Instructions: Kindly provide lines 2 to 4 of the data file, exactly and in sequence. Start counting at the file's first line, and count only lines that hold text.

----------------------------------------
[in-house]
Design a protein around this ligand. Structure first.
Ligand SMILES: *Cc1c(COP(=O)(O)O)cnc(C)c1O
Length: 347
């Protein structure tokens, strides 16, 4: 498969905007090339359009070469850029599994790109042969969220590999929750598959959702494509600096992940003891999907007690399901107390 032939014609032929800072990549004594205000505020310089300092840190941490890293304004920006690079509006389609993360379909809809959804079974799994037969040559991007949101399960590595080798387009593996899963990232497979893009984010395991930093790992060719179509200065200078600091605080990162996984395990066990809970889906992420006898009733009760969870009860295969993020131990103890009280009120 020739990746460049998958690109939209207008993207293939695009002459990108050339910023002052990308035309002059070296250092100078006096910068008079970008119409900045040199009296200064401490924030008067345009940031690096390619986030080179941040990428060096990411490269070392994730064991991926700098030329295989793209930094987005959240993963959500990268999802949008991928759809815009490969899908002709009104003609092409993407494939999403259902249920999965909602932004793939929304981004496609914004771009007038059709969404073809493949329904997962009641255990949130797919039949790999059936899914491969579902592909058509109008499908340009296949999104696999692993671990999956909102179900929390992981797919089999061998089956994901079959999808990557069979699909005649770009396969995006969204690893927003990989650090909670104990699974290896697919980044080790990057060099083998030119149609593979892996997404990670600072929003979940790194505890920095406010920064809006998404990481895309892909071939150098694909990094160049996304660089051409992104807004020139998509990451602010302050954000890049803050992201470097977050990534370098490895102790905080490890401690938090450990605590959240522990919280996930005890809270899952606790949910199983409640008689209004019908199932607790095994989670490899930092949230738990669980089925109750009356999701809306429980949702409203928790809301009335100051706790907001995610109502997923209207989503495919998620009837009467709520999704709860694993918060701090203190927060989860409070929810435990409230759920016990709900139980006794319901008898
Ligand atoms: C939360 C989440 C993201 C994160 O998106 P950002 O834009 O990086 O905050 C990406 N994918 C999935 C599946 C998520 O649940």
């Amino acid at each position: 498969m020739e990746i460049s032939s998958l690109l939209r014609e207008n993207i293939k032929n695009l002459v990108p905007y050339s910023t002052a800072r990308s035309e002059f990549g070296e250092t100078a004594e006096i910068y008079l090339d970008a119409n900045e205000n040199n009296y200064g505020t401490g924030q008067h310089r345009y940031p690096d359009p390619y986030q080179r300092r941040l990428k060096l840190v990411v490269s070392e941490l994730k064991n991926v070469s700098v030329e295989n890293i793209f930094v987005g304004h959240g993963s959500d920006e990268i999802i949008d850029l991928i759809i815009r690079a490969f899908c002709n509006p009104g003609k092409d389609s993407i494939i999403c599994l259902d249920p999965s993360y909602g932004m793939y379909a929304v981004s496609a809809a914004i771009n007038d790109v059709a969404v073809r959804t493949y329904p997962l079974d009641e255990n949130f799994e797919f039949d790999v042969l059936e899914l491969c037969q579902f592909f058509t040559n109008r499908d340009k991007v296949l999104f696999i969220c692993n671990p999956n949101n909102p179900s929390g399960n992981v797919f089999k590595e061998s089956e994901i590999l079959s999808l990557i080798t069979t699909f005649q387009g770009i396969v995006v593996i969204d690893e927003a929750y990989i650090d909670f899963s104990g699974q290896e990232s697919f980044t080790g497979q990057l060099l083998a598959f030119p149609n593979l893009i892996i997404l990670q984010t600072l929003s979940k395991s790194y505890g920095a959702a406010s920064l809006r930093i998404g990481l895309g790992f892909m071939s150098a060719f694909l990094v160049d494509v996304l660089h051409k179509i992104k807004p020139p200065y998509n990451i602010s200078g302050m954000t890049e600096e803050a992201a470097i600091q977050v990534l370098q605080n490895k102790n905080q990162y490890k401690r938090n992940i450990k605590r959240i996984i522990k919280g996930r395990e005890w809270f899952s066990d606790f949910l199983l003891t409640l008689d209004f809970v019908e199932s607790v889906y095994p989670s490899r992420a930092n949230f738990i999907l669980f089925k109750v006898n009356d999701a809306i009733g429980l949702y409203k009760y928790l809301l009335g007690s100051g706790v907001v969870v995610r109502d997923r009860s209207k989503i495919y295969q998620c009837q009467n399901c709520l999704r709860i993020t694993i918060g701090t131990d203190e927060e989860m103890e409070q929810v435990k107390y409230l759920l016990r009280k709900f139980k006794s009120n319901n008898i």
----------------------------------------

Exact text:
Design a protein around this ligand. Structure first.
Ligand SMILES: *Cc1c(COP(=O)(O)O)cnc(C)c1O
Length: 347